I met Matlock on the same day they picked a Pope. I’m pretty sure this was my consolation prize from God to make up for him not picking one of my Pope nominees (i.e. my favorite Catholics: my Dad, Brett Favre, or my pals’ 8-month-old son Mikey) and instead picking an old Argentinian nazi.
I would like to say that Matlock and I were both drinking scotch, but the truth is only he was drinking scotch. I was lamely drinking Guinness “in honor of St. Patrick” and eating chicken off a stick in less than lady-like manner (is there a lady-like manner to eat a chicken skewer when a plastic fork is the only utensil available?). He told me stories. I smiled and hoped there wasn’t chicken in my teeth. It was a good evening.
I hadn’t realized that Bobby Lee Cook graduated law school in 1949. That’s a lot of different decades of practicing law, all the while popularizing a powder-blue suit.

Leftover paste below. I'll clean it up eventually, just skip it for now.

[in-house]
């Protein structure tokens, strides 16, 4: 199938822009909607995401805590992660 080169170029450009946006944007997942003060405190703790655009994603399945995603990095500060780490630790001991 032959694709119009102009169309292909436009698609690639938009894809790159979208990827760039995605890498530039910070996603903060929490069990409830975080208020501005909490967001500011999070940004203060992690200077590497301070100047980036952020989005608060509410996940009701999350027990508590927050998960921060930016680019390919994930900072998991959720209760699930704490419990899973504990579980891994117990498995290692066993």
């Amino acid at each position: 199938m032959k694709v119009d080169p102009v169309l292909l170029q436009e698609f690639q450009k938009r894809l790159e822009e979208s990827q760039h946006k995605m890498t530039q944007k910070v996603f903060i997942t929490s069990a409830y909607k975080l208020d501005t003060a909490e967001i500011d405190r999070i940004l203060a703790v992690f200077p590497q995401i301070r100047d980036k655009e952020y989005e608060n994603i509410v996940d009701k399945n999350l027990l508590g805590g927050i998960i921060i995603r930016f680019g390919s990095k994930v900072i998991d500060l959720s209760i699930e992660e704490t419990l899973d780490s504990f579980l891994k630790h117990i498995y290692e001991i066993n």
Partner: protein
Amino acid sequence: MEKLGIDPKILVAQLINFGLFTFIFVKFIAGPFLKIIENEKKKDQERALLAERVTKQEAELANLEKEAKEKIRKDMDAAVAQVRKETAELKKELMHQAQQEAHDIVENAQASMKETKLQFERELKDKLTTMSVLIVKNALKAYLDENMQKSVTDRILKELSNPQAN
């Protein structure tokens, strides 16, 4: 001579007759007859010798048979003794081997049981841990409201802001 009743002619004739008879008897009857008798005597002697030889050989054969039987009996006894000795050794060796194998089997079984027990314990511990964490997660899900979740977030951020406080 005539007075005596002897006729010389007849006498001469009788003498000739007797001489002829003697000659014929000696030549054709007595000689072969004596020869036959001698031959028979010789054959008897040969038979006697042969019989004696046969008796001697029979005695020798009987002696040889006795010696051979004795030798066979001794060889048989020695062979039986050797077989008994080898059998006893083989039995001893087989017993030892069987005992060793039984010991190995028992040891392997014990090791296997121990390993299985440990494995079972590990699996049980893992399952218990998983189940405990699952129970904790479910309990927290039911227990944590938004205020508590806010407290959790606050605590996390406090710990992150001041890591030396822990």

During a brief presentation, Matlock told the room about a murder case he defended back in the day in Dade County, Georgia, which at that point you could only get to by going through either Tennessee or Alabama. He said that the facts of this case were not very good for his client. His client had killed a man with no provocation other than that the deceased called him “a son of a bitch.” During summation, the prosecutor honed in on this and told the jury “the victim didn’t have a gun, didn’t have a knife, didn’t have a weapon of any kind. He didn’t provoke the defendant at all. All he did was call him a ‘son of a bitch,’ with absolutely no physical actions or threats toward the defendant. If it were you, what would you have done?” At which point, as the story goes, an old man in the jury box yelled out, “I would have killed the son of a bitch!” The judge, also an old man, woke up from his light nap and asked “what did he say?” To which Matlock, who was sitting at the defense table about 10 feet from the bench, told the judge “He said ‘it’s gonna be all right,’ Judge.”